I wouldn’t do it. I refused. For a month and a half during the beginning of eighth grade, I tried to ignore my friends’ insistence that I should. I tuned out their intense conversations in between classes about these people they loved that didn’t actually exist. They debated theories and storylines, and I rolled my eyes.

Not long into this, I came to find out two of my aunts were just as involved as my friends were. And my aunts liked recommending books to me. It’s how I got so immersed in the Dear America series. For several Thanksgivings, I came home with books my aunts thought I’d like. So between my friends and my aunts, I just kind of figured I’d have to do it eventually.

Sometime in October 2000, I gave up. I went to my friend Amanda for help.

“Fine. Tell me which one is first. I’ll read it, but I won’t like it. Then you guys have to drop it.”

We went to the library and she helped me find what I was looking for. I didn’t know which one was first. The only thing I knew about it was what my friends had told me. I was going in completely blind and completely convinced I wouldn’t like it. I didn’t like fantasy or wizards or magic.

After we found the book, I sat down at a table in the library and read the opening of this story so many people loved, but I was sure I would hate. The opening that I would later be able to quote verbatim, because I’d read it so much.

“Mr. and Mrs. Dursley, of number four, Privet Drive, were proud to say they were perfectly normal, thank you very much. They were the last people you’d expect to be involved in anything strange or mysterious, because they just didn’t hold with such nonsense.”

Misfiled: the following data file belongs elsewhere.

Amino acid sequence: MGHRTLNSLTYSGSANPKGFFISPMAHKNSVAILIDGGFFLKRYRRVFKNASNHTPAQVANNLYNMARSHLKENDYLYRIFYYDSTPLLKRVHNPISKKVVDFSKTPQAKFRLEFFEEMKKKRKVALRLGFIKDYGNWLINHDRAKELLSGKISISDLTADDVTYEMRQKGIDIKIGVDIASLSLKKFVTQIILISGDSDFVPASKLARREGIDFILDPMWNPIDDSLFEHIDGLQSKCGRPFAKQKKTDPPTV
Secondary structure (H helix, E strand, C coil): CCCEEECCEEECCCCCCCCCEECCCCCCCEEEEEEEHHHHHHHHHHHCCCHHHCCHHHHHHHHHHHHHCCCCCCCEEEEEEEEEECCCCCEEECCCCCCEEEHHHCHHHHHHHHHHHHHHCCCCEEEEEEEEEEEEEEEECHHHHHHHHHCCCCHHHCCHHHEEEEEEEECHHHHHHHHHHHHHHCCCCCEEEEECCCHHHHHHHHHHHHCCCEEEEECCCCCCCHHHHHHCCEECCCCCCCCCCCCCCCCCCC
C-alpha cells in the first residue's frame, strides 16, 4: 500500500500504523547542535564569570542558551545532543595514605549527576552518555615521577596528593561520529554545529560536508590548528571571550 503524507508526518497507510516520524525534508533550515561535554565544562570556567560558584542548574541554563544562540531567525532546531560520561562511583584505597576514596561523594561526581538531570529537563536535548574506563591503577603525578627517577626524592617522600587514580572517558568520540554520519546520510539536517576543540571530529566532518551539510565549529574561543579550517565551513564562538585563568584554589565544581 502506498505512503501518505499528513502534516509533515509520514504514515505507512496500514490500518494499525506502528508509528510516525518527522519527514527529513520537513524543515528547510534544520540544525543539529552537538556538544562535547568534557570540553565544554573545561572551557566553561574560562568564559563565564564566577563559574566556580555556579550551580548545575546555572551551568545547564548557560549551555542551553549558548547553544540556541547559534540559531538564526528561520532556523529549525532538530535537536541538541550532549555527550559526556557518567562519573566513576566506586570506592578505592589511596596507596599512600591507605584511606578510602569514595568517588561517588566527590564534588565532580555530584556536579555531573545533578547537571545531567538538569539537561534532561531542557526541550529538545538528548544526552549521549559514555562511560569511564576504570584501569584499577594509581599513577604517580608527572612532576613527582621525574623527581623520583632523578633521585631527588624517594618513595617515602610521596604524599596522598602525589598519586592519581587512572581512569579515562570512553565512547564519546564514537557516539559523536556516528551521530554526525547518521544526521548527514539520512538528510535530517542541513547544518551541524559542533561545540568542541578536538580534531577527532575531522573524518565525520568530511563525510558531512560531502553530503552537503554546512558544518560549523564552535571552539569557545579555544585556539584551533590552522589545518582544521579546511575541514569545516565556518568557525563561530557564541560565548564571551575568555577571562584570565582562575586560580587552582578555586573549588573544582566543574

It was pretty much a downward slope for me after that.

For over a decade, Harry Potter has been at some central point in my life. I first started reading the books after Goblet of Fire was released. In fact, I finished reading the fourth book while I was with the aforementioned aunts that Thanksgiving. Many of my fondest memories are from shared Potter experiences I had with friends. These books essentially defined my teenage years and the stories continue to play a part in my life as an adult.

I tend to re-read the whole series straight through at least once a year. Usually twice. I have yet to do it three times in one year, but I imagine it’ll happen someday.

This July marks the end of an era. The final Harry Potter movie comes out on July 15. There will be no more movies, no more books, no more releases of any kind to use as an excuse to dress up as a favorite character and party with fellow geeks. I was sad when the final book came out a few years ago, but I knew there were more movies to look forward to. Now those will be over too. It’s bittersweet.

But because of this, I’ve been rather reflective lately regarding the last ten years of Pottermania in my life. Over the next months, I’ll be reflecting these points on here. At first, it’s probably going to be a little random, but starting at the end of May or beginning of June, I’ll start to re-read the series again to get ready for the last movie. At which point, I’ll be reflecting on certain moments, certain theories or debates, certain bits of the story, etc. Book by book. Because each book holds special meaning to me. For the last three, I went to the midnight releases. There are specific thoughts I remember having regarding the books or theories around them. There are certain things that happened in my life that relate either directly or indirectly to reading Harry Potter at that time. And, of course, there are certain friends I have that I wouldn’t have known otherwise, certain experiences I’ve had that I wouldn’t have gotten to have.

I feel like, because Harry Potter has held such a spot in my life for so long, it’s long overdue to reflect on all of this. I hope you join me for this ride.